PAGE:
NEW YORK, September 21, 2022 — Today, data.org, the Global Partnership for Sustainable Development Data, and the Abdul Latif Jameel Poverty Action Lab (J-PAL) South Asia, announced $6.8 million USD in funding from Wellcome in support of the data.org-led Capacity Accelerator Network (CAN). The funding will be split amongst the three partners and aims to foster global data talent for climate and health impact.
With this grant, data.org will work with the Global Partnership for Sustainable Development Data and J-PAL South Asia to establish new accelerators in Sub-Saharan Africa and India. The accelerators will equip emerging data professionals with the interdisciplinary skills needed to work at the intersection of climate and health to tackle society’s greatest challenges and improve lives across the world.
“Data is crucial for helping us understand and tackle the health effects of climate change. But right now, the field lacks people with the necessary skills and expertise, particularly within the communities that live on the frontlines of the climate crisis. We must train a new generation of data practitioners to address the health impacts of climate change where it matters most. That’s why we’re pleased to support data.org with the accelerators in India and Sub-Saharan Africa — to help bridge gaps in the field and create meaningful solutions that improve lives,” said Tariq Khokhar, head of data for science and health at Wellcome.
Wellcome’s transformative grant will advance data.org’s ambitious mission to train one million purpose-driven data practitioners over the next decade, as it leads global efforts to strengthen data talent in the social impact sector. This initiative builds on data.org’s recent partnership with the University of Chicago’s Financial Inclusion Accelerator, made possible by funding from the Mastercard Center for Inclusive Growth.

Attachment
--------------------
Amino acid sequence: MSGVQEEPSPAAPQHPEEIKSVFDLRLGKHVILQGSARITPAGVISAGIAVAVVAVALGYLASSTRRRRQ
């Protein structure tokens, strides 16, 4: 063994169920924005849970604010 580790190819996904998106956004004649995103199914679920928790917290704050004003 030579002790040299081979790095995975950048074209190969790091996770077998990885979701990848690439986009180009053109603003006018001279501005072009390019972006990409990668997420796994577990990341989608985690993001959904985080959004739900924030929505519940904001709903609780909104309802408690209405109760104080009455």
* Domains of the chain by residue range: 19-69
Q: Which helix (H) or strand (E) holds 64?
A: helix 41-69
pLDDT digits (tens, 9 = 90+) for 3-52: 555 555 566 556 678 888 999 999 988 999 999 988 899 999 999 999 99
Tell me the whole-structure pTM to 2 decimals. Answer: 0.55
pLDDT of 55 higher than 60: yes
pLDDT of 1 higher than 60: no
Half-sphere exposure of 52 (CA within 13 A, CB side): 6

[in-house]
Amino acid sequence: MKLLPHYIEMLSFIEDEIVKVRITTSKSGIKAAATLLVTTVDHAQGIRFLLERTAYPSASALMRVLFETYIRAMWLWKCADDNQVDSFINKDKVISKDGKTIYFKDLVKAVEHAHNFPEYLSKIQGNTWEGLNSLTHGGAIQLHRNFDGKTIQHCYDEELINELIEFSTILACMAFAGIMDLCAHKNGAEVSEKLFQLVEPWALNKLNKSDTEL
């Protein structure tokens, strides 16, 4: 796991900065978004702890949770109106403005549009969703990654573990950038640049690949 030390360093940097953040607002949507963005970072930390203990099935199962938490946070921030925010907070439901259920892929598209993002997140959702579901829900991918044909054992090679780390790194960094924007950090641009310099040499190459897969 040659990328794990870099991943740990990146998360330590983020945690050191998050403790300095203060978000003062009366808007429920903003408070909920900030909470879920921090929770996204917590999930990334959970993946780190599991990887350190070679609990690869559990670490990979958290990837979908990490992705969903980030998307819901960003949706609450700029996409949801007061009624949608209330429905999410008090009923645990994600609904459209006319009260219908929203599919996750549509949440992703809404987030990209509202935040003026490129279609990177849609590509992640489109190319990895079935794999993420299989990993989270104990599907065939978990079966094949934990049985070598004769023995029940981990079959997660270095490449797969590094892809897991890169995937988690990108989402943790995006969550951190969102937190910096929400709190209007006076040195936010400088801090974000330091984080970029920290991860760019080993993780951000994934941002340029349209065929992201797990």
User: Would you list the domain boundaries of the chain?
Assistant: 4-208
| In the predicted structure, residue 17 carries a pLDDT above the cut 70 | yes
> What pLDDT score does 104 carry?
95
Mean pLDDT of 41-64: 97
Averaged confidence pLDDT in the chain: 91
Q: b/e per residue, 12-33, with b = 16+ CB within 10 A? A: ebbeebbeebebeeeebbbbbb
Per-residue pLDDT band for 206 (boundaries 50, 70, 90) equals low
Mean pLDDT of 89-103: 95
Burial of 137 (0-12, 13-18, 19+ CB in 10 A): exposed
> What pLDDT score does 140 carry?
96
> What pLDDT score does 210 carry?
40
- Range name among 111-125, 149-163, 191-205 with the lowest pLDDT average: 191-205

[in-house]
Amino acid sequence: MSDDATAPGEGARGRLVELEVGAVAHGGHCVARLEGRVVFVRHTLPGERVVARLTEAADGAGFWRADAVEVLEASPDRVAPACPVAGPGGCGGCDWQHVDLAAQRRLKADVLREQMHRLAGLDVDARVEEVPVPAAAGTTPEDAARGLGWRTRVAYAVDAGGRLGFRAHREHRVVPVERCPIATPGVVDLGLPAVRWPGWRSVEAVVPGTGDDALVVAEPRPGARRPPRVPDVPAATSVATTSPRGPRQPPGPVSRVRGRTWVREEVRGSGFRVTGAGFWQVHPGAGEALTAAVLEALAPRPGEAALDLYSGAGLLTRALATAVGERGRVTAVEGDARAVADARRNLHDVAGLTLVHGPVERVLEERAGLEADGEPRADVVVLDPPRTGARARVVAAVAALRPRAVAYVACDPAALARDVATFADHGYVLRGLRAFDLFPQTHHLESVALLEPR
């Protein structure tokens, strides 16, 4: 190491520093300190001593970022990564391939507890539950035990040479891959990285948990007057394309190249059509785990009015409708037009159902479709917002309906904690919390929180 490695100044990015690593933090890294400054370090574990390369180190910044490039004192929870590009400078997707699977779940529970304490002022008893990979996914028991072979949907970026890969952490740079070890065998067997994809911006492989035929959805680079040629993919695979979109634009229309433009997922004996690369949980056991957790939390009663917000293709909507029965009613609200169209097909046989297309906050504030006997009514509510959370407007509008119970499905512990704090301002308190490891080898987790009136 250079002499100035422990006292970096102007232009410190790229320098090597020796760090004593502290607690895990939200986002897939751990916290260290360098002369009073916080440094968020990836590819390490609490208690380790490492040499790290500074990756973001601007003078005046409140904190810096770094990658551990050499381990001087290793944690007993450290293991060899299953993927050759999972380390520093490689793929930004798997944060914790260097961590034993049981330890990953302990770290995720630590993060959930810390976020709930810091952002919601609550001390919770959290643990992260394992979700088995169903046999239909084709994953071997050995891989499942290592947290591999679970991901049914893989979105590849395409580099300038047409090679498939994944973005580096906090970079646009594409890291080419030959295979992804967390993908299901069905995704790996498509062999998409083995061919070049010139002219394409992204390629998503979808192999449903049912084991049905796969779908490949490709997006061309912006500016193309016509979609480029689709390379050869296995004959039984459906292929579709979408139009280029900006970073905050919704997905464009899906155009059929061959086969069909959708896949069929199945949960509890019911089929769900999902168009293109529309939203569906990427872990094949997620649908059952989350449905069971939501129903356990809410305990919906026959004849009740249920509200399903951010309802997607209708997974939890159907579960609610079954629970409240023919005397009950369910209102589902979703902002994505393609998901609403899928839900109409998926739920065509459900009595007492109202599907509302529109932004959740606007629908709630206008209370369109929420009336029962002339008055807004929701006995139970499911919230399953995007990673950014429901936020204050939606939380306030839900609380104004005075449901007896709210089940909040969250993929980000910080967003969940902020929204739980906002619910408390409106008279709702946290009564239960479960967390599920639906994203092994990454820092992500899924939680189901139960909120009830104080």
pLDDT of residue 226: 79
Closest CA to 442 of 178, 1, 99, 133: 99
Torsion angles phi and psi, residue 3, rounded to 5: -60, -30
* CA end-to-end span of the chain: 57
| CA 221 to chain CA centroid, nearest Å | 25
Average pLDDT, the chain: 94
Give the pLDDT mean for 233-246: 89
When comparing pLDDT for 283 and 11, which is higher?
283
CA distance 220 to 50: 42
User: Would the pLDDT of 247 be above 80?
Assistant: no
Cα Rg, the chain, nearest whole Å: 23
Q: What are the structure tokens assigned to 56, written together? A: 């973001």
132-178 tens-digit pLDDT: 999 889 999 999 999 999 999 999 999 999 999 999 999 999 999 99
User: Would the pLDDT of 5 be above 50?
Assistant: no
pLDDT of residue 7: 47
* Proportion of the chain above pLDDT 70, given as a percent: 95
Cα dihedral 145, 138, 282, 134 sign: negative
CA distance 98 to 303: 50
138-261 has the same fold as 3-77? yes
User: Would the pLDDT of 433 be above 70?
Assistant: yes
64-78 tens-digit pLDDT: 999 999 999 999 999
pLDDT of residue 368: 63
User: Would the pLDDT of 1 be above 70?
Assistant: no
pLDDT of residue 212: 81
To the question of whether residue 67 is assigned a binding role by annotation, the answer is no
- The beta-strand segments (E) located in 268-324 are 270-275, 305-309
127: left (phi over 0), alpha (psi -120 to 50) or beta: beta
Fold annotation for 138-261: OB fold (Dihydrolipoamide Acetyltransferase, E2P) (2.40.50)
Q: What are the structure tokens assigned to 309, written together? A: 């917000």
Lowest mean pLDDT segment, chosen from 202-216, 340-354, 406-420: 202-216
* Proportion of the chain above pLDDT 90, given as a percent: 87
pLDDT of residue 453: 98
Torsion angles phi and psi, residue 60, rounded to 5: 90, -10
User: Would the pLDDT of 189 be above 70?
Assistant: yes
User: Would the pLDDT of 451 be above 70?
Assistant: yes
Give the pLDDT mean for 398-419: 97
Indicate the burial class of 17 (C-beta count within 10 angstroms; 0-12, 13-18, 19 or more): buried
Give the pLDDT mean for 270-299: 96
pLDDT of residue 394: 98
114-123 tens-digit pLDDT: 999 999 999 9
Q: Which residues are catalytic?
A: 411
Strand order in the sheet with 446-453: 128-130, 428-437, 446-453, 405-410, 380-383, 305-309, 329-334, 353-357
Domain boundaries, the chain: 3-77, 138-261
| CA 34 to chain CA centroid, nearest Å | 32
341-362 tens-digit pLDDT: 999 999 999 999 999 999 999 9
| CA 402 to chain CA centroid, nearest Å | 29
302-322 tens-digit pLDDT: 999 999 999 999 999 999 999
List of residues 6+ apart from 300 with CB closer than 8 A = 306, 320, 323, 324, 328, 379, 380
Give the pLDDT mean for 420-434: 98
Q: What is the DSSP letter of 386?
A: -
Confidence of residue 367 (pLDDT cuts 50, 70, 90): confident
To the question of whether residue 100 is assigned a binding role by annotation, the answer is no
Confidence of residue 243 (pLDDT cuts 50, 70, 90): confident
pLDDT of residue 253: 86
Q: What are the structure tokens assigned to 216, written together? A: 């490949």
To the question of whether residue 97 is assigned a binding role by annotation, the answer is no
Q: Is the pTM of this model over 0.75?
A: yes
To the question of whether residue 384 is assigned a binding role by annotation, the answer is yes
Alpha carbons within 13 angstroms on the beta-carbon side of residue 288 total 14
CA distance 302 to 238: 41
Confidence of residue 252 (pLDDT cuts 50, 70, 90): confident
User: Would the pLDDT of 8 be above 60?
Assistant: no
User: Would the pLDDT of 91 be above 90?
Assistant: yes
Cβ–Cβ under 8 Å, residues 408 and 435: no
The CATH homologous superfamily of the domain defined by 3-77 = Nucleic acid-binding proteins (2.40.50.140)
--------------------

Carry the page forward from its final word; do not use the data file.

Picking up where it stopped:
The announcement comes during the 77th session of the United Nations General Assembly (UNGA) and will reinforce efforts to create an enabling environment for equitable, inclusive, and timely policymaking and service delivery in India and Sub-Saharan Africa. Underlining the importance of investing in data systems, new Dalberg research—commissioned by the United Nations, The World Bank, and the Global Partnership for Sustainable Development Data—shows that for every $1 USD invested in data systems and skills, there is $32 USD worth of benefit.
“At data.org, we believe in democratizing data, for good. Creating a network of capacity accelerators around the world puts that concept into action, informing, training, and mobilizing the next generation of data professionals,” said Danil Mikhailov, executive director of data.org. “Against a backdrop of the climate crisis, pandemics, and rising inequality, the world faces enormous, systemic challenges. Data science and other data-driven technologies can offer part of the solution through their tremendous ability to scale, but only if we ensure these data professionals are equipped with the interdisciplinary skills to ask the right questions and build trust with the communities they serve.”
The first capacity accelerator will be based in Sub-Saharan Africa in collaboration with the Global Partnership for Sustainable Development Data (GPSDD), followed by the launch of a second accelerator in India in collaboration with Abdul Latif Jameel Poverty Action Lab (J-PAL) South Asia. Both delivery partners have proven experience and deep networks, particularly with local stakeholders in their respective geographies, enabling them to create scalable and sustainable global impact. As a platform for partnerships, data.org has consistently demonstrated its ability to connect partners across the world and foster collaboration that drives collective change. These programs will do the same, resulting in a set of open-source resources, including modular curricula, made available to social impact professionals worldwide.